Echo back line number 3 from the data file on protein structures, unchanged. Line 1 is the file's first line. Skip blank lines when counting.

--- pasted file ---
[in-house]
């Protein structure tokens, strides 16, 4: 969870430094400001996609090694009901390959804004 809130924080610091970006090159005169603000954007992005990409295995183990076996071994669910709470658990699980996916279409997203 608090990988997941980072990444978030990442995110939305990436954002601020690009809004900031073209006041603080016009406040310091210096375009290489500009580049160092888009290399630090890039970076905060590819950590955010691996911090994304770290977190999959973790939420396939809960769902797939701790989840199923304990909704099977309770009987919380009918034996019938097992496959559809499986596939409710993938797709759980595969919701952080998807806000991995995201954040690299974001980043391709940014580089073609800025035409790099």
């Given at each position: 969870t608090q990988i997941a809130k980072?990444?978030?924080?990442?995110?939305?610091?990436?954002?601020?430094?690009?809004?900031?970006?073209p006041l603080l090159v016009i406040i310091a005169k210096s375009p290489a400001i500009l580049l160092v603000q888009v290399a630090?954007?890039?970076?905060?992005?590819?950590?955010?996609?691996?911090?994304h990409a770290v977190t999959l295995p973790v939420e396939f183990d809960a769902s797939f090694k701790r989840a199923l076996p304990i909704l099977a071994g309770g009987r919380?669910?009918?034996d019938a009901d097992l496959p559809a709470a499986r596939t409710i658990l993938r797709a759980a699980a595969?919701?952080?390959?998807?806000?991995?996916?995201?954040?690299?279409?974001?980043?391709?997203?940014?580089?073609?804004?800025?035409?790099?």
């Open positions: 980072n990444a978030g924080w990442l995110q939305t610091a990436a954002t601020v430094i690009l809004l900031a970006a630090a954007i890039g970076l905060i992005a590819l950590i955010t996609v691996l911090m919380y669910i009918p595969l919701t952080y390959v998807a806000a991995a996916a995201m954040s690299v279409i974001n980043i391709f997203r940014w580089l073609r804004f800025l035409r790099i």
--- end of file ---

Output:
């Given at each position: 969870t608090q990988i997941a809130k980072?990444?978030?924080?990442?995110?939305?610091?990436?954002?601020?430094?690009?809004?900031?970006?073209p006041l603080l090159v016009i406040i310091a005169k210096s375009p290489a400001i500009l580049l160092v603000q888009v290399a630090?954007?890039?970076?905060?992005?590819?950590?955010?996609?691996?911090?994304h990409a770290v977190t999959l295995p973790v939420e396939f183990d809960a769902s797939f090694k701790r989840a199923l076996p304990i909704l099977a071994g309770g009987r919380?669910?009918?034996d019938a009901d097992l496959p559809a709470a499986r596939t409710i658990l993938r797709a759980a699980a595969?919701?952080?390959?998807?806000?991995?996916?995201?954040?690299?279409?974001?980043?391709?997203?940014?580089?073609?804004?800025?035409?790099?």